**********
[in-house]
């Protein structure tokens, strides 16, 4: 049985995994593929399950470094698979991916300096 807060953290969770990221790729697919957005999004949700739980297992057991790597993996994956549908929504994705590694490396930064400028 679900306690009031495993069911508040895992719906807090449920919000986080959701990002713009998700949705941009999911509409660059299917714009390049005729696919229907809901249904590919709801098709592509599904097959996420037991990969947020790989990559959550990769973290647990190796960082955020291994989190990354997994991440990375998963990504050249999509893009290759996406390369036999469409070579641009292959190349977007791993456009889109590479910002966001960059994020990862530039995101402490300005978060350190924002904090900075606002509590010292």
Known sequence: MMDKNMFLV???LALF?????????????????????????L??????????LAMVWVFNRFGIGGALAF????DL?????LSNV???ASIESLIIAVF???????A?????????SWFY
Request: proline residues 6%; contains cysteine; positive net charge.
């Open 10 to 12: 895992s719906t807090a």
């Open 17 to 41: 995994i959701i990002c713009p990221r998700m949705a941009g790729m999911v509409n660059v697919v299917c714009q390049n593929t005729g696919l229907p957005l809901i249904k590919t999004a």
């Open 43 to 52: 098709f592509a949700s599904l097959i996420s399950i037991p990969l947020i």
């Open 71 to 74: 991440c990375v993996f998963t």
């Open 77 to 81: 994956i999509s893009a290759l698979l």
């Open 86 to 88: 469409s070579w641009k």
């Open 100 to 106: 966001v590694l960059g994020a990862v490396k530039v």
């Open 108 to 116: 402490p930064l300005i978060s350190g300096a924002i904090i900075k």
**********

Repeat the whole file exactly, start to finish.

[in-house]
């Protein structure tokens, strides 16, 4: 049985995994593929399950470094698979991916300096 807060953290969770990221790729697919957005999004949700739980297992057991790597993996994956549908929504994705590694490396930064400028 679900306690009031495993069911508040895992719906807090449920919000986080959701990002713009998700949705941009999911509409660059299917714009390049005729696919229907809901249904590919709801098709592509599904097959996420037991990969947020790989990559959550990769973290647990190796960082955020291994989190990354997994991440990375998963990504050249999509893009290759996406390369036999469409070579641009292959190349977007791993456009889109590479910002966001960059994020990862530039995101402490300005978060350190924002904090900075606002509590010292």
Known sequence: MMDKNMFLV???LALF?????????????????????????L??????????LAMVWVFNRFGIGGALAF????DL?????LSNV???ASIESLIIAVF???????A?????????SWFY
Request: proline residues 6%; contains cysteine; positive net charge.
């Open 10 to 12: 895992s719906t807090a």
């Open 17 to 41: 995994i959701i990002c713009p990221r998700m949705a941009g790729m999911v509409n660059v697919v299917c714009q390049n593929t005729g696919l229907p957005l809901i249904k590919t999004a």
């Open 43 to 52: 098709f592509a949700s599904l097959i996420s399950i037991p990969l947020i």
């Open 71 to 74: 991440c990375v993996f998963t």
């Open 77 to 81: 994956i999509s893009a290759l698979l």
């Open 86 to 88: 469409s070579w641009k």
């Open 100 to 106: 966001v590694l960059g994020a990862v490396k530039v």
């Open 108 to 116: 402490p930064l300005i978060s350190g300096a924002i904090i900075k």